Jumping right back into the fuel of leadership affliction, we are finishing our discussion on unchecked power. No, the mere possession of power does not necessarily lead to its abuse.
While power doesn’t necessarily corrupt, it does, to Barber’s point, reveal the contours of a leader’s character. Lincoln observed,
Nearly all men can stand adversity, but if you want to test a man’s character, give him power.”
As the old proverb goes,
If you wish to know what a man is, place him in authority.”
There is no more stringent test of a person’s character than the possession of power.
Power reveals the depth of our motivation.
For those in emotional deficit or prone to destructive narcissism, power draws the worst out of the leader, as it provides the leader the unfettered opportunity to gratify his or her impulses and self-centered passions at the expense of others and at times, the entire organization.
Researcher Joanne Ciulla asserts that leadership is morality and immorality magnified. As Richard Nixon famously noted,
It (the presidency) is not a finishing school. It is a magnifying glass.”
Nixon knew from firsthand experience—as did the public from the sad record of Watergate—that the exercise of top leadership puts the leader’s moral judgments on display, for better or worse. The public spotlight makes the leader’s moral strength more obvious and his or her moral weakness more glaring.
There is simply no morally neutral ground when it comes to the use of power.
Leaders employ power to contribute to the welfare and progress of the organization or to its weakening. Leaders abuse power in the service of self-interest, or they rise above self-interest and infuse the organization with moral strength to serve the greater good.
The Age-old Question: Who Should Lead? Knowing that greed, self-centeredness, and the lust for power infect the human heart, and that the will to power is typically cloaked in the purest of motives and noblest of causes, political philosopher John Locke framed what he called, “the issue of the ages.”
The great question which in all ages, has disturbed mankind, and brought on them the greatest part of those mischiefs which have ruined cities, depopulated countries, and disordered the peace of the world, has been, not whether there be power in the world, nor whence it came, but who should have it” (italics mine).
Who should possess power? Plato believed,
Only he that does not seek power is fit to hold it.”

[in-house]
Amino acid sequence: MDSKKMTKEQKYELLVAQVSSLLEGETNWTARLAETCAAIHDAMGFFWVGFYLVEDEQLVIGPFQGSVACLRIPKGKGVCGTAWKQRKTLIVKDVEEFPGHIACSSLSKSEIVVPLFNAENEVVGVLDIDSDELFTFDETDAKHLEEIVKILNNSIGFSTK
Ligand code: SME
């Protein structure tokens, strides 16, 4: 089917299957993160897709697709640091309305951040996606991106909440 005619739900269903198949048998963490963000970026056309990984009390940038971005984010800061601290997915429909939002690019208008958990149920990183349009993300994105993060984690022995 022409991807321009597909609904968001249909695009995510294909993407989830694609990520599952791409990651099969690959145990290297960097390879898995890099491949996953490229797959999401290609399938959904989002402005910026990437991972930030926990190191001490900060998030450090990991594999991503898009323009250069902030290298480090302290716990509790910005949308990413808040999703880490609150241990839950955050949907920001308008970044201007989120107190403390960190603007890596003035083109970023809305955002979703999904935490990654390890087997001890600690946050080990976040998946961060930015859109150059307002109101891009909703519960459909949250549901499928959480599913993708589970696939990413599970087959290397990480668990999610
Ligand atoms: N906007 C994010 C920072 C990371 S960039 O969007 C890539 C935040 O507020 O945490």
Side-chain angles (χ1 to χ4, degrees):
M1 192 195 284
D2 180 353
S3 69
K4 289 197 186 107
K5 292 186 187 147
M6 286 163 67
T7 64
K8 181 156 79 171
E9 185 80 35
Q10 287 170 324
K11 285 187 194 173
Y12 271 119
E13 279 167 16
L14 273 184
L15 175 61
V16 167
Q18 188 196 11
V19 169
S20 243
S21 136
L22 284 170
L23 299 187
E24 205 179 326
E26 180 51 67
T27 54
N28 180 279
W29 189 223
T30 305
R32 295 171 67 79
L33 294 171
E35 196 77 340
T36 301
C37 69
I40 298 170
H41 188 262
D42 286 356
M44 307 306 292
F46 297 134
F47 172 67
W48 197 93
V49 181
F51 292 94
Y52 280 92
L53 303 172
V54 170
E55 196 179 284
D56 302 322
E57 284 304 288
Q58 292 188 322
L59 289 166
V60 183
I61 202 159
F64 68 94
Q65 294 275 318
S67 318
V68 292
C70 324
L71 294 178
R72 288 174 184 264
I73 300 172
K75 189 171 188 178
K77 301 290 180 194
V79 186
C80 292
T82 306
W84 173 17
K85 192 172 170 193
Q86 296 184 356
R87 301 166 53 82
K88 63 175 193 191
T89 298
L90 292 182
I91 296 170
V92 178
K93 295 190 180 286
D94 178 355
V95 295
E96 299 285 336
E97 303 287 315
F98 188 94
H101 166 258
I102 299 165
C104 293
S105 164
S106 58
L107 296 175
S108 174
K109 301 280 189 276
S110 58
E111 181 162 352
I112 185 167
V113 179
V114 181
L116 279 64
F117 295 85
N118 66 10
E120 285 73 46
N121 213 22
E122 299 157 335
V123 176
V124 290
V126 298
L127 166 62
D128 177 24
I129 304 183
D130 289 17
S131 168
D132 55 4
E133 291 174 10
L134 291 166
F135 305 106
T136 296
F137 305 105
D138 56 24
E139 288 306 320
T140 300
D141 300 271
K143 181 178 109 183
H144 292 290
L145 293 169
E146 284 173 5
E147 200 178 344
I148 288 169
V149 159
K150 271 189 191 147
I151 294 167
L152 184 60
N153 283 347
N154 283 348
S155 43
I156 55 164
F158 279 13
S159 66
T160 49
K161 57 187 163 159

But, sadly, history demonstrates an alternative answer—those proud enough to believe power is their right and strong enough to secure it and expand it. First century Roman historian Tacitus gives voice to this perspective, “The gods are on the side of the stronger.” Napoleon agreed. “God is on the side of the army with the biggest guns.”
But not all concur. American historian and educator Charles Beard got it about right. He said his lifetime of study could be summed up in one sentence.
Whom the gods would destroy, they first make drunk with power.”
As I affirmed in my first blog, not every top leader is power-hungry or corrupt. Many, thankfully, are not. The critical factor that differentiates sound and constructive leaders from afflicted leaders is the leader’s motive for power and use of power once attained. Emotionally mature individuals and constructive narcissists use power to serve others and build the organization. Emotionally immature leaders and destructive narcissists seek power to bolter their self-regard and serve self-interest.
As I close the first section of this series, I think it is helpful to affirm that power does indeed tend to corrupt individuals; especially those whose pursuit of power is rooted in emotional deficit or destructive narcissism. Power delights and fascinates them. Once in the possession of power, they use what power they have to protect and expand their power. Of course, the lust for power rooted in emotional deficit will never be satisfied.
Power is an intoxicant, perverting the purest of hearts, as alcohol blurs the keenest of minds.
Which brings us back to the observation of Charles Beard, “Whom the gods would destroy, they first make drunk with power.” Understanding the fuel of leadership affliction and its relationship to power can help us realize what types of leaders we want to be in our circle of influence.
Part Two of this series explores six all-too-common top leadership afflictions. As we will see, each affliction is an expression of the toxic mix of emotional immaturity, destructive narcissism, and access to power.